Japan’s ruling coalition will retain power after Sunday’s election but with a weakened majority, exit polls say.
National broadcaster NHK projects the LDP-Komeito coalition will win between 239 to 288 lower house seats – more than the 233 needed to stay in control.
But it is unclear if new Prime Minister Fumio Kishida’s ruling Liberal Democratic Party (LDP) will win enough seats to be able to govern on its own.
Mr Kishida, 64, became leader of the LPD earlier this month.
The party has dominated Japanese politics for decades but has been criticised for its handling of the coronavirus pandemic.
His predecessor, Yoshihide Suga, stepped down in September after just a year in office. The resignation came amid plummeting poll ratings for the LDP following an unpopular push to continue with the Tokyo Olympics despite public concern about surging Covid-19 rates.
Mr Kishida has long-targeted the prime ministerial role and previously served as the country’s foreign minister from 2012 to 2017.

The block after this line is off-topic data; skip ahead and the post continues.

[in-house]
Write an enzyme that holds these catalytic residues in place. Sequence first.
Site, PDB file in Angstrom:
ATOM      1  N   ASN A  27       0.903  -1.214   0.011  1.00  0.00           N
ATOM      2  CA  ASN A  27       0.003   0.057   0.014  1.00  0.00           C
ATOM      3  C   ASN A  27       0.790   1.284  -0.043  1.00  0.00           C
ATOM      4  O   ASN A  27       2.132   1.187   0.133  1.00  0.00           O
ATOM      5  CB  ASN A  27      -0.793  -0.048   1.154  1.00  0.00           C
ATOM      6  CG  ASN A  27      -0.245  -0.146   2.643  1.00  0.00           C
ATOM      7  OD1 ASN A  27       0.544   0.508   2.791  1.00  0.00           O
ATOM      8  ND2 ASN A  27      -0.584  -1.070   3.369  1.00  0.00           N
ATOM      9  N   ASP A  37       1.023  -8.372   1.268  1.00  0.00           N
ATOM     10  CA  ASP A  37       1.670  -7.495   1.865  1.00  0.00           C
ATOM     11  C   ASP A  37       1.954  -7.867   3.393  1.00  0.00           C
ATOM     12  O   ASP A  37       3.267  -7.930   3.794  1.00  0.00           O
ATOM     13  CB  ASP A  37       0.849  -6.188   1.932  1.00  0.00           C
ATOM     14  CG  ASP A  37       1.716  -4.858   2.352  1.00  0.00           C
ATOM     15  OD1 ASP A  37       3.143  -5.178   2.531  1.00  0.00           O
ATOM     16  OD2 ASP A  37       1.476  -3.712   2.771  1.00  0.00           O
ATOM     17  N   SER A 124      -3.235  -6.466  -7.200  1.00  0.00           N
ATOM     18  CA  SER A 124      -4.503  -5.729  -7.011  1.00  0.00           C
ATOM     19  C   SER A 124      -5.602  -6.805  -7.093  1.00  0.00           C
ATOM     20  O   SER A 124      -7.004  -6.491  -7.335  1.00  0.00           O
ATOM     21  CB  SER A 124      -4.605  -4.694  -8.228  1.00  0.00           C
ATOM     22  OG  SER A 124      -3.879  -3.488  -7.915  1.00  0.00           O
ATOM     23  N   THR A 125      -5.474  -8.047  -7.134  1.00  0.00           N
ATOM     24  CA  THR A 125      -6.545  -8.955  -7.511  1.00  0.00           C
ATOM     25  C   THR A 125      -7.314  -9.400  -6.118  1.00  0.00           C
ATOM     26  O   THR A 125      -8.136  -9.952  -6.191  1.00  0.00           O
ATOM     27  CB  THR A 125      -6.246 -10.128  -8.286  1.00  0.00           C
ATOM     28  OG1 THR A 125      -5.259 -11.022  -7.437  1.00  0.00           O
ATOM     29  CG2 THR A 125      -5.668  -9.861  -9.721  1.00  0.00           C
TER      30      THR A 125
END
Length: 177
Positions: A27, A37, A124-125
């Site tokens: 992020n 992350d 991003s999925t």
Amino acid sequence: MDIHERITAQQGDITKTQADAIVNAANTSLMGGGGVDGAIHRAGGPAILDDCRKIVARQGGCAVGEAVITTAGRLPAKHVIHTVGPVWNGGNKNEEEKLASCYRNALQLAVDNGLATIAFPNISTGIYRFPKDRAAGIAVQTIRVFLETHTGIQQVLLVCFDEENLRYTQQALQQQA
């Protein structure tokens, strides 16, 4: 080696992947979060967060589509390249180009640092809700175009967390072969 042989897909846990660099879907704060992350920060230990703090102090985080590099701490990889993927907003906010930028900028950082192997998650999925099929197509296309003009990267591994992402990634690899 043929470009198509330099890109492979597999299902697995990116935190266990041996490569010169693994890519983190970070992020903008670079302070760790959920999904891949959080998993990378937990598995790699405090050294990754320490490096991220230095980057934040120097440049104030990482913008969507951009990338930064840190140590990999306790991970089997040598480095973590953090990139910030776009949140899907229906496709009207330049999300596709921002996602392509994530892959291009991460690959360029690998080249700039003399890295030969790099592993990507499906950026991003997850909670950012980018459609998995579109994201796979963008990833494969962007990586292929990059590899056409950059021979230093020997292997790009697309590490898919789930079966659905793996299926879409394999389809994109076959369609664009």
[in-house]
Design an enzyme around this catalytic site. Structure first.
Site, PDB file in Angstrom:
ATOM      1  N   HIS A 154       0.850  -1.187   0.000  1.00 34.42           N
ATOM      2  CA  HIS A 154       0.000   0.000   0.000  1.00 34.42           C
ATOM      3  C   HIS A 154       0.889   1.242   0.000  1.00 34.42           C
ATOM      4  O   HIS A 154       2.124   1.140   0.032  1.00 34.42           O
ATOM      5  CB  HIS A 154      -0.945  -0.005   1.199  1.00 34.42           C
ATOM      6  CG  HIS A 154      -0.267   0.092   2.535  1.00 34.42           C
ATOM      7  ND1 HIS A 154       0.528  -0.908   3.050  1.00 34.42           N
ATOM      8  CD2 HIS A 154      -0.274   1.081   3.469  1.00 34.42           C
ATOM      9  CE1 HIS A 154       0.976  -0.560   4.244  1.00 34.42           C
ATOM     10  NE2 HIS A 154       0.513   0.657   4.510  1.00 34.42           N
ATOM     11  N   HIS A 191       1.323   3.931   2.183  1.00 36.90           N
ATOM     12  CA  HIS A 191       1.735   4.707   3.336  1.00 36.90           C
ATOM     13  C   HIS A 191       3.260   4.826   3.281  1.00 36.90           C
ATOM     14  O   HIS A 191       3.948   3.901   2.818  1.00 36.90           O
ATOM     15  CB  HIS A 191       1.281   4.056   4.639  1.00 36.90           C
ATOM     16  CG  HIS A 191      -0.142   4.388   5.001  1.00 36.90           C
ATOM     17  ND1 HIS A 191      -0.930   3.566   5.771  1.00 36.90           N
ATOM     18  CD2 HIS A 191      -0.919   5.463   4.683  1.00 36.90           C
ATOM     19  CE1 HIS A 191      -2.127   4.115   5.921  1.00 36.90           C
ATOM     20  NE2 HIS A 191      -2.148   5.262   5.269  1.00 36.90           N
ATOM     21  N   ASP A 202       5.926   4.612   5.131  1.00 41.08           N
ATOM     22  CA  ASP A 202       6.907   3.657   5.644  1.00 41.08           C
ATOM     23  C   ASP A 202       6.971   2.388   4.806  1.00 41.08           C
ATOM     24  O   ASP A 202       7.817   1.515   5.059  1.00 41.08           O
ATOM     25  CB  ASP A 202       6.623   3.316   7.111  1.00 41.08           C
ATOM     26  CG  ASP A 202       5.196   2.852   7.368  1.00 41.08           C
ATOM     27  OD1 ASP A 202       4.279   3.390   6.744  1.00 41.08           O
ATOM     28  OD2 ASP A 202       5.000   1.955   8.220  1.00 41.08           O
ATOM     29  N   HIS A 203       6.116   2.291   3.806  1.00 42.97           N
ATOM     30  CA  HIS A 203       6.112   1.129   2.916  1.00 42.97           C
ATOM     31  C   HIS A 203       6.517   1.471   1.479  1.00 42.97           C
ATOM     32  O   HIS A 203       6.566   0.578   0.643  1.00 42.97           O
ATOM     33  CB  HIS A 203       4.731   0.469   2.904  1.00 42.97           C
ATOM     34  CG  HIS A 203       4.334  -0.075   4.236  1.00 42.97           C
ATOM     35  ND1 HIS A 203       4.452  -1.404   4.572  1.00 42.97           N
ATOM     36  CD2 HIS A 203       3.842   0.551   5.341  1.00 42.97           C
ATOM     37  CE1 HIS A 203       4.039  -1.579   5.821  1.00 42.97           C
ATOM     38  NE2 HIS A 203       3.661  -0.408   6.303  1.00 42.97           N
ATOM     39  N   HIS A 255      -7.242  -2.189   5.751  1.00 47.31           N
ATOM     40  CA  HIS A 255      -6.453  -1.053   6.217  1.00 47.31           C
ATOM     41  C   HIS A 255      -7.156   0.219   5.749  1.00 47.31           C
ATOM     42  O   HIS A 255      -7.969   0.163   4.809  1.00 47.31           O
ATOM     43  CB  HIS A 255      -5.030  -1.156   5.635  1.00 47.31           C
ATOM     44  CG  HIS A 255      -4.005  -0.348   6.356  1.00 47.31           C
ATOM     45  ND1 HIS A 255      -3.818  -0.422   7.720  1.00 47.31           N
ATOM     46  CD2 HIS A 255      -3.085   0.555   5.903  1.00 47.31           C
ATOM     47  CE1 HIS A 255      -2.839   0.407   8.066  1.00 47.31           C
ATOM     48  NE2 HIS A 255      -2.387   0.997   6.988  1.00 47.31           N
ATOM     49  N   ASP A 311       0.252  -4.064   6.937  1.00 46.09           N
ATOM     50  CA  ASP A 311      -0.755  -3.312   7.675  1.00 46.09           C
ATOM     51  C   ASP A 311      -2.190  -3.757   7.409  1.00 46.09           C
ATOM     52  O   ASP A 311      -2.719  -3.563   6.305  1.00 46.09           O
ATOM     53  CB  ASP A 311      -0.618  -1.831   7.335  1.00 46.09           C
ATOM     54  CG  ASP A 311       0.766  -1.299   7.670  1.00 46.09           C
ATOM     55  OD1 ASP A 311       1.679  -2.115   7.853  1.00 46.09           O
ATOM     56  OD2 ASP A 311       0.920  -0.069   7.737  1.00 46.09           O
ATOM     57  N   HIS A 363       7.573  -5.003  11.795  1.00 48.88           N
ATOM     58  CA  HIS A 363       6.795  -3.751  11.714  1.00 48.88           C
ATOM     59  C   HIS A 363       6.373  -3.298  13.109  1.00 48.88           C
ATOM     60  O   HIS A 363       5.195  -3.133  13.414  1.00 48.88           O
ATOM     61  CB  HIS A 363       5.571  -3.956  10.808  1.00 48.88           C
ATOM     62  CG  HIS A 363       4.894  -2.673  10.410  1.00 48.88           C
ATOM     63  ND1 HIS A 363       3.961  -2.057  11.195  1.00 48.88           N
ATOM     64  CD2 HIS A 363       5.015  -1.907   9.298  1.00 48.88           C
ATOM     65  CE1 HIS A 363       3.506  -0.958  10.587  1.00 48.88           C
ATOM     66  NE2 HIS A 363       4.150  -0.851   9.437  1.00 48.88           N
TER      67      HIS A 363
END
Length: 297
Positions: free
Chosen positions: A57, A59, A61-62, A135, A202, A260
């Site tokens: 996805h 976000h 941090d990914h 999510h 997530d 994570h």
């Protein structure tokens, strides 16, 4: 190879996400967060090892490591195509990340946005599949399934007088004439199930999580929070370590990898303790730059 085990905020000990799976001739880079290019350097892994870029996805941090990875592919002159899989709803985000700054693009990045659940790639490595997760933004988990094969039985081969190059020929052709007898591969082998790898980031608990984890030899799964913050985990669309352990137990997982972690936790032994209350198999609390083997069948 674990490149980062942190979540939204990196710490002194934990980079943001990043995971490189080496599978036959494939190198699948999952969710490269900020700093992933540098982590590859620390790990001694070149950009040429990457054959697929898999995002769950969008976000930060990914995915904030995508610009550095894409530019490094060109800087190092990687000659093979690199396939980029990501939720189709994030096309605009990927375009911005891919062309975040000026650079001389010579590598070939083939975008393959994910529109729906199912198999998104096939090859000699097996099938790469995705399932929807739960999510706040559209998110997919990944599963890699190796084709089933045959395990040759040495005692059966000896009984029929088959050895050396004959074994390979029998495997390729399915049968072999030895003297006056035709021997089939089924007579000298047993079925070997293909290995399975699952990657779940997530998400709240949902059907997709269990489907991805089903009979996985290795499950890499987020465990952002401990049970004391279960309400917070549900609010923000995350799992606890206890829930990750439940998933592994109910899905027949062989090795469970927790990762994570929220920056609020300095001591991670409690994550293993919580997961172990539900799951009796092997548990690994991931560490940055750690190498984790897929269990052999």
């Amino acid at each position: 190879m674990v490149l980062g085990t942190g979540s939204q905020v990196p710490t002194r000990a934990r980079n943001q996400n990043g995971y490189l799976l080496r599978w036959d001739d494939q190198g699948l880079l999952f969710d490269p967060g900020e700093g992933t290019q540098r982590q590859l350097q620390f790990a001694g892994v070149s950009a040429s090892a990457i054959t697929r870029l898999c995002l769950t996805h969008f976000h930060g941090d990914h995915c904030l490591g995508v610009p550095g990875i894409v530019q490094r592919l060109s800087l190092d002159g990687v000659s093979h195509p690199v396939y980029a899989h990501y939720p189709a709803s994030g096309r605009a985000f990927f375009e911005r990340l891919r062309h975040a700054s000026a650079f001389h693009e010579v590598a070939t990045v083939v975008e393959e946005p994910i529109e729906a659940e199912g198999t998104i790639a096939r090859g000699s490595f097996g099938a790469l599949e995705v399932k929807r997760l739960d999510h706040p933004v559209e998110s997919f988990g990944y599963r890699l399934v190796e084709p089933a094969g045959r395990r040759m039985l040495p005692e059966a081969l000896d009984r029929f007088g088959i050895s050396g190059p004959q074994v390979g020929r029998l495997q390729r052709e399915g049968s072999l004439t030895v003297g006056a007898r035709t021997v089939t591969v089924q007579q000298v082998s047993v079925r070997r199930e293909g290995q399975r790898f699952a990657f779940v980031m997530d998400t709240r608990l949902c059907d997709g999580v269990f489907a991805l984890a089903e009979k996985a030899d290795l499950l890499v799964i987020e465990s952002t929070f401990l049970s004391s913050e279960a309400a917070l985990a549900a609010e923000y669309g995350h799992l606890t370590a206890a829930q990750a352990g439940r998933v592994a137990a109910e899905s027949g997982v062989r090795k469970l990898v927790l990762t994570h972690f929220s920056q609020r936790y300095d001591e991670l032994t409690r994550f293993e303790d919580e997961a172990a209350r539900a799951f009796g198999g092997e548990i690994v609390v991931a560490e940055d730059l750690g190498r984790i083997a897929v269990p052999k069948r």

The LDP went into general election holding 276 of the the 465 seats up for grabs. Broadcaster NHK’s exit polls predict it could secure as few as 212.
Japan’s parliament, known as the National Diet, comprises the lower House of Representatives and an upper House of Councillors.
Sunday’s vote concerned the more powerful lower house, with an upper house vote set to take place next year.
Could PM face similar fate to his predecessor?
As is so often the case in Japan, the question is not which party will win – but by how much.
The LDP has won every election since 2012 with large majorities. This time it looks set to do a lot worse, even losing its overall majority.
That won’t force the LDP from power as it has a junior coalition partner, which looks set to gain enough seats to keep Fumio Kishida in the prime minister’s office.
But Mr Kishida’s election as prime minister last month has done little to boost the popularity of the LDP – even as Covid numbers in Japan have fallen dramatically.
If the LDP loses its overall majority, it would make Mr Kishida’s position as premier much weaker – and encourage his rivals.
His predecessor Yoshihide Suga only lasted one year. Some observers are already speculating that Mr Kishida could face a similar fate.